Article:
After David returned from Brussels claiming victory in his renegotiation with European leaders, Boris Johnson announced that he will not support the Remain campaign. The prime minister said publicly he was "disappointed but Boris remains a friend"
Prime Minister David Cameron makes a joint appearance with Mayor of London Sadiq Khan as they launch the Britain Stronger in Europe guarantee card at Roehampton University on 20 May 2016 in London. The 'guarantee card' lists five pledges should Britain remain in the EU, including the protection of workers' rights, full access to the single market and stability for Britain
Britain's Prime Minister David Cameron speaks outside 10 Downing Street on 24 June 2016. Cameron announced his resignation after Britain voted to leave the European Union after a bitterly divisive referendum campaign
• Theresa May
The longest-serving Home Secretary in 100 years took a back seat in the referendum campaign. While backing Remain, she did not hit the campaign trail and delivered only a handful of speeches and interviews, and was critical of many aspects of the EU, particularly the European Convention on Human Rights. Hedging her bets allows her to now emerge as a ‘unity’ candidate, and she is said to have been building up her back-room staff in preparation for a leadership bid.
She has the significant advantage of having served in one of the great offices of state, in a steady and competent manner that has won her many admirers within party and the civil service. At a time of great instability, it may be that she is viewed as steady hand on the tiller. Mrs May does however, lack the ‘star quality’ of a Boris Johnson and party members may doubt her ability to connect with ordinary voters.
• Michael Gove
The Justice Secretary may be able to set himself up as ‘the thinking Tory’s Brexit candidate’. Made an enormous political and personal decision to back Leave, taking on his old friend David Cameron. He performed well during the TV debates, and will be an admired figure among Eurosceptic Conservatives. Along with Johnson, he will be hindered by the fact that he led a very divisive campaign, characterised by ‘blue-on-blue’ action. MPs may also judge that he lacks Boris Johnson’s wider appeal with the electorate. Possibly more likely that he will settle for being his new bosom buddy Boris’s Chancellor.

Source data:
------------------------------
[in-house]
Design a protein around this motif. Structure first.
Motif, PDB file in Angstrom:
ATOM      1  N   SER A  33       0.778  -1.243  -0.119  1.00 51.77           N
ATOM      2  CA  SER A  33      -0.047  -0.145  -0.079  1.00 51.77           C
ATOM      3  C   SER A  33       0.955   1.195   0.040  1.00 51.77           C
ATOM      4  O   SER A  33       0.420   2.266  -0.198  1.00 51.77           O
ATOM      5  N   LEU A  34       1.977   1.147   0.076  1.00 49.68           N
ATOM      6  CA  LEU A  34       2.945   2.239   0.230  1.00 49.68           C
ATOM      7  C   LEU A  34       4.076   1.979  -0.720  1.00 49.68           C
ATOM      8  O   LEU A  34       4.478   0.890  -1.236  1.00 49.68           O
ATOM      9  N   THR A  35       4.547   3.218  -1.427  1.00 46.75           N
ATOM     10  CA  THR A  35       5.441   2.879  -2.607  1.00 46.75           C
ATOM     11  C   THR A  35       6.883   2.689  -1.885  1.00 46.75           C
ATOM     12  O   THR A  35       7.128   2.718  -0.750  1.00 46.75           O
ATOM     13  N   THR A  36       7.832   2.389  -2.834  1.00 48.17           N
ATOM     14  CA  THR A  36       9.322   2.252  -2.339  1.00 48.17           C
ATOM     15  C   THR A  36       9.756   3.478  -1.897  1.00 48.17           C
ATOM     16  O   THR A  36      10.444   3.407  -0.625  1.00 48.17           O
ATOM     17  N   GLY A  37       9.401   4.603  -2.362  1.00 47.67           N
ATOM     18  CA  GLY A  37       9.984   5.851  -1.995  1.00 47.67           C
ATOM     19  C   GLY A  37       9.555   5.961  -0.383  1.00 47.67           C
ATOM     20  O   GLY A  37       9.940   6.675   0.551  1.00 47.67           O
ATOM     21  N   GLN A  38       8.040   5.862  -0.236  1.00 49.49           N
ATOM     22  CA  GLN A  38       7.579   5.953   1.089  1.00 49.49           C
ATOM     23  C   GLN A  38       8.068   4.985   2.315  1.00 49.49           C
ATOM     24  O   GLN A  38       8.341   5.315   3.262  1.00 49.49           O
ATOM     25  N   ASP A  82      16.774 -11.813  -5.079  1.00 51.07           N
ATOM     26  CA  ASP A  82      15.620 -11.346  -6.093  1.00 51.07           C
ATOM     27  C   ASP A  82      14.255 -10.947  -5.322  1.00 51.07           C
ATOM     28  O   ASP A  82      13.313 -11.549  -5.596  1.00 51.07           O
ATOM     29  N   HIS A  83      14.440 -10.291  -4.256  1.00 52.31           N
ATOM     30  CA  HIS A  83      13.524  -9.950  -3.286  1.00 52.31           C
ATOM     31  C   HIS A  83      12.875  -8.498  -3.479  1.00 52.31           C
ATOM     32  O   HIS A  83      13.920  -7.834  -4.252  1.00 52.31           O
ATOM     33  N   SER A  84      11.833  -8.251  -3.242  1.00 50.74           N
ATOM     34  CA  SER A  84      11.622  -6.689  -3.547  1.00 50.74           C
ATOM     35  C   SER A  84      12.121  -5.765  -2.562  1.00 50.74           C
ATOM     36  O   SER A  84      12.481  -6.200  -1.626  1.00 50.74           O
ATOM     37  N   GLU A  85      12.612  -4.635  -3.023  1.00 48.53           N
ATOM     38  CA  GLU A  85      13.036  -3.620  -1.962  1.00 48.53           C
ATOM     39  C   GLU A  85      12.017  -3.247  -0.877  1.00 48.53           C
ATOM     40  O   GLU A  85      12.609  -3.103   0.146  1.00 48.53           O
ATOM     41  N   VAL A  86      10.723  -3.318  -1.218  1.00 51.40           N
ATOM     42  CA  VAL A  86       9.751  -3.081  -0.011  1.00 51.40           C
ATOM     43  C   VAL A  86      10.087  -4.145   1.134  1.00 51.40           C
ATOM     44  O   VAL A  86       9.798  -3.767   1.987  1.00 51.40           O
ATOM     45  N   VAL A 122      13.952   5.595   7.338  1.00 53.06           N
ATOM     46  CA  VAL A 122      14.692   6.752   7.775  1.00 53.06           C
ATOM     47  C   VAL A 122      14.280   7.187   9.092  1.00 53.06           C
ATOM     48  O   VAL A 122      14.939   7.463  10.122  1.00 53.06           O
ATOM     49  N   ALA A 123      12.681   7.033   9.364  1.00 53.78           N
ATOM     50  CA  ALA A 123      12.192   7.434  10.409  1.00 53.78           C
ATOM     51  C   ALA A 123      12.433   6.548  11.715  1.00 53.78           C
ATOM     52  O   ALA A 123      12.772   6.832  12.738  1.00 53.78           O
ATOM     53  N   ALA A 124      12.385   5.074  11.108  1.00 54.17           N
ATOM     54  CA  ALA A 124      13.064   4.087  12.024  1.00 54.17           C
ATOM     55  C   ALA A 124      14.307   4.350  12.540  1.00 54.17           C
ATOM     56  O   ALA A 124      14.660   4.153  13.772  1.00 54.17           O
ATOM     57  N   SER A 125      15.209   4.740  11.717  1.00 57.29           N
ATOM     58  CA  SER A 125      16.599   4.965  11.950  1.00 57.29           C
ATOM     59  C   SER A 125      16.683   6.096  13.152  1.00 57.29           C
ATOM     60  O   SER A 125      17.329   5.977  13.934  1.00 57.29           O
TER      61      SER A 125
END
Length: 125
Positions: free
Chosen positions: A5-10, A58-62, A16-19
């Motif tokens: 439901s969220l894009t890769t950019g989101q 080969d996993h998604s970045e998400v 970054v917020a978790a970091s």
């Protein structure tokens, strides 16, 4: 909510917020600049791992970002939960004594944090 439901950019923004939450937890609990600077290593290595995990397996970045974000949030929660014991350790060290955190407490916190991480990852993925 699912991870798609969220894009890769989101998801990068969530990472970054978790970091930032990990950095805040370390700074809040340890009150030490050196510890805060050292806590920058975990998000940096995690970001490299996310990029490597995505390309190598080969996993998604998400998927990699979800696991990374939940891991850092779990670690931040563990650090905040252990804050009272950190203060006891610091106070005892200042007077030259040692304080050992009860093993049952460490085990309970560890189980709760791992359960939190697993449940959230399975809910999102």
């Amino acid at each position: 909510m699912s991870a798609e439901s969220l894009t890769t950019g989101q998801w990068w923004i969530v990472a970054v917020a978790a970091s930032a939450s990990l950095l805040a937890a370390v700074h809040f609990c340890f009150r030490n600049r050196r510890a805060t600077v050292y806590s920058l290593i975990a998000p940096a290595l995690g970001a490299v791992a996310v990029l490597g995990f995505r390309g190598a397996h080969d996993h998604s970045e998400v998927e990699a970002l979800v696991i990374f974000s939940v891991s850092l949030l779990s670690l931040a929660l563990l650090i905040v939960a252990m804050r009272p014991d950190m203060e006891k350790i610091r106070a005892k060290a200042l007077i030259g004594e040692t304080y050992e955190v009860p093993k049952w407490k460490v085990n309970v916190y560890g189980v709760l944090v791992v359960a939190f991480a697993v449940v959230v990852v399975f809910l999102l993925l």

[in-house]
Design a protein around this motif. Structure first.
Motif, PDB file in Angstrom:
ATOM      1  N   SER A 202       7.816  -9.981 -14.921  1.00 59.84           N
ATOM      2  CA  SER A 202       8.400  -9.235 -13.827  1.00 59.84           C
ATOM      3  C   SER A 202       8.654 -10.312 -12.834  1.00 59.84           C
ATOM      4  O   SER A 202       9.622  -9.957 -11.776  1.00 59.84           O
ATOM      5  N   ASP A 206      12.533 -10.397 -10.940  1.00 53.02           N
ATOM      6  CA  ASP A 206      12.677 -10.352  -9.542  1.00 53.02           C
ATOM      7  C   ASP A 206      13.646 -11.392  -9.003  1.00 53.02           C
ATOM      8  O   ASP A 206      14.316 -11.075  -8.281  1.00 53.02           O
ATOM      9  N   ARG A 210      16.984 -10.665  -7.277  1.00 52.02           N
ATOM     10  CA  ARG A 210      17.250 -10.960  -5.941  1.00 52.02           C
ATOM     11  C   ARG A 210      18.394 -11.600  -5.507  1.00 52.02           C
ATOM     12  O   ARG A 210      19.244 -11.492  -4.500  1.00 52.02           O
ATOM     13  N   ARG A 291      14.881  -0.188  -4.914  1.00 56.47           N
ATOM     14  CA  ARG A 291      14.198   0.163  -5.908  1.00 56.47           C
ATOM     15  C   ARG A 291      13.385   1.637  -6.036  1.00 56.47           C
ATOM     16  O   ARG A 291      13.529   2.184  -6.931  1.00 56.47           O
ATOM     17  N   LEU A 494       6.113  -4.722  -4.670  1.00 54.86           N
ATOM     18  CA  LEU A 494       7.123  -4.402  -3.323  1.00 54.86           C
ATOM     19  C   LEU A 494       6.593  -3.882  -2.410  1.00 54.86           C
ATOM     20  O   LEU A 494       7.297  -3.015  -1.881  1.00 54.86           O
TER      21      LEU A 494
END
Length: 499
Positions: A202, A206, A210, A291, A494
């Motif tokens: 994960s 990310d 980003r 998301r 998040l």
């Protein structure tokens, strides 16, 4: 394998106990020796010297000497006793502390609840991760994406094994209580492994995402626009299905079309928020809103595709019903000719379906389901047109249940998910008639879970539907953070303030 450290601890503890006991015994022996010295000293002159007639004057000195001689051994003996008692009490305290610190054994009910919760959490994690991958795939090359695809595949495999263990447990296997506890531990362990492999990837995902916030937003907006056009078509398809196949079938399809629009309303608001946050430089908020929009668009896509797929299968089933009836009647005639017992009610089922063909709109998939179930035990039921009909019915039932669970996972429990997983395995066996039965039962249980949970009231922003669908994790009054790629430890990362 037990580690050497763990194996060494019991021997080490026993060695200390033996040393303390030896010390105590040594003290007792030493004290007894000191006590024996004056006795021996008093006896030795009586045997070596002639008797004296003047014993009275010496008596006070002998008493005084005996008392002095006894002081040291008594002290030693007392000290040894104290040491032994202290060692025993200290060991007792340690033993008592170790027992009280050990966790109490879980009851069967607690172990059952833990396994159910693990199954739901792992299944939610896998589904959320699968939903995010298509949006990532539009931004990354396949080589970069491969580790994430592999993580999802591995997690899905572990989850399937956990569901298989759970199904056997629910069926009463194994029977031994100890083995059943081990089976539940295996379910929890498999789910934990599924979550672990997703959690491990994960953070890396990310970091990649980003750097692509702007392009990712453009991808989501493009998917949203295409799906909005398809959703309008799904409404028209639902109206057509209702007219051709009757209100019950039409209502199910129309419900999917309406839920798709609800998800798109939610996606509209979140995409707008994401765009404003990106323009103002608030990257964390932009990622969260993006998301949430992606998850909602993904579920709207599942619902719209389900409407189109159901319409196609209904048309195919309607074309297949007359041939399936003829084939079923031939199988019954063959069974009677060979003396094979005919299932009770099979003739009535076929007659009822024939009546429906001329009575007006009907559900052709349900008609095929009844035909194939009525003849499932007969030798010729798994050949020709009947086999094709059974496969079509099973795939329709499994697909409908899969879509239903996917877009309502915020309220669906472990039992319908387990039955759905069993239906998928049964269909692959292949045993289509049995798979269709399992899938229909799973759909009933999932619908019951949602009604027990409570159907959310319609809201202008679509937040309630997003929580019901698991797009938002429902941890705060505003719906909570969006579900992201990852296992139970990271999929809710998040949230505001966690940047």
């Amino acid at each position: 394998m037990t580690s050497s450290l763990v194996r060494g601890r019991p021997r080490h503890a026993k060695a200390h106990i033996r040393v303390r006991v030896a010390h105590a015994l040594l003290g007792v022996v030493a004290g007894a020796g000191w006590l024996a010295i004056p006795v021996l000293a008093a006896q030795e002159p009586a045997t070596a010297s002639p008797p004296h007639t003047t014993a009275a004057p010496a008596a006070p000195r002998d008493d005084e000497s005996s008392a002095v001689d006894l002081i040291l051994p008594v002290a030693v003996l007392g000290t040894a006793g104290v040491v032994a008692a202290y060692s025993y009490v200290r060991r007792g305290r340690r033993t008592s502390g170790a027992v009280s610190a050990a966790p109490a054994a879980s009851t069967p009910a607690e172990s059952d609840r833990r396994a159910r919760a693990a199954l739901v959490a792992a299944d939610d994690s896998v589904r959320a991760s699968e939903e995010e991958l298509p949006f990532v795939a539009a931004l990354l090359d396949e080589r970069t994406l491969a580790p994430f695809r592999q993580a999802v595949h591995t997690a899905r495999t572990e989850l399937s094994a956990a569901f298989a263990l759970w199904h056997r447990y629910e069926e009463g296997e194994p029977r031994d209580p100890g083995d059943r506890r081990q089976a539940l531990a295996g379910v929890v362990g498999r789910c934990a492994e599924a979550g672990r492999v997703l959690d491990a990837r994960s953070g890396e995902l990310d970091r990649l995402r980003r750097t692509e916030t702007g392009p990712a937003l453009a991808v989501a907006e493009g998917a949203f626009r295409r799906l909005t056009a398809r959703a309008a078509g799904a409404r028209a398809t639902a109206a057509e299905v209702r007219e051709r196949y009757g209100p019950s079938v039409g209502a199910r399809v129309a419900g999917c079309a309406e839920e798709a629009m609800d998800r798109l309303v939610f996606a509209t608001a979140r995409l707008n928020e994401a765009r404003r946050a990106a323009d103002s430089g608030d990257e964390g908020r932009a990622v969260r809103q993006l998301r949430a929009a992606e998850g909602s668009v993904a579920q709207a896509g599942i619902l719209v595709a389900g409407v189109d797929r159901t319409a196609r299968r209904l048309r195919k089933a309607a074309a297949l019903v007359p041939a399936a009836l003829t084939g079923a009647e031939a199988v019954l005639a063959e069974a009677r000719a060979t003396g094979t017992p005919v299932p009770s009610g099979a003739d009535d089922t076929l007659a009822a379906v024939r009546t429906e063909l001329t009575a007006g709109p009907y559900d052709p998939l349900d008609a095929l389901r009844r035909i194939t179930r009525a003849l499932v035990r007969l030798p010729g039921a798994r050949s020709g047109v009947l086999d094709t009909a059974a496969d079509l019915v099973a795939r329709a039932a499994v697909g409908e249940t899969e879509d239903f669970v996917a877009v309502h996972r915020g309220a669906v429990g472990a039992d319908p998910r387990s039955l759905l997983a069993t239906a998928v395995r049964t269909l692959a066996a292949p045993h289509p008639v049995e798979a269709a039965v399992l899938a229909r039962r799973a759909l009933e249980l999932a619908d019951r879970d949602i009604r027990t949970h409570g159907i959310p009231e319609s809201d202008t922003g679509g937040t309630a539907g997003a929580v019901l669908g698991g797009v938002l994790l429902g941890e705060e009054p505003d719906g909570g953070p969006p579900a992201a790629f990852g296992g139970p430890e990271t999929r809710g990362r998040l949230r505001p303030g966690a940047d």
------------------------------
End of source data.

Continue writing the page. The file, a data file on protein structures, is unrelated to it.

• Ruth Davidson
The Scottish Conservative leader is a hugely-admired figure, and would offer the Tory party appeal among voters few other candidates could reach. Leading the Conservatives to a second place finish in May’s Scottish parliament elections was an extraordinary achievement for a party that was close to vanishing off the electoral map in Scotland not very many years ago. However, would have to become an MP first, and will be tarnished in the eyes of many Tory MPs and members by her outspoken support for Remain. It may well be too soon for her, but she will have a very influential voice in the debate.
• George Osborne
As Chancellor of the Exchequer, for years considered David Cameron’s natural heir, George Osborne would in ordinary circumstances be top of the list of runners and riders. In today’s circumstances, he only just scrapes in as a contender. His stock among Conservative MPs and members was already falling as a result of a succession of bungles, culminating in a Budget that was overshadowed by the resignation of Iain Duncan Smith and a U-turn over swingeing disability cuts.
He was David Cameron’s right-hand man arguing for Britain to remain an EU member, and attracted furious anger from Eurosceptic Tories after he spearheaded warnings about the economic consequences of Brexit, which were branded ‘Project Fear’, and then proposed a 'Brexit Budget' that was viewed as nothing short of blackmail by many Tory MPs. If he survives the immediate aftermath of the Brexit vote with his job intact, he could be a contender, but his stock is now so low in the Tory party he’ll struggle to make it over the first hurdle.
• Stephen Crabb
Highly-rated Work and Pensions Secretary, raised on a council estate, so could reach out to non-traditional working class Tory voters.
• Andrea Leadsom
One of the most prominent figures in the Leave campaign, seen to have performed well in TV debates.Reuse content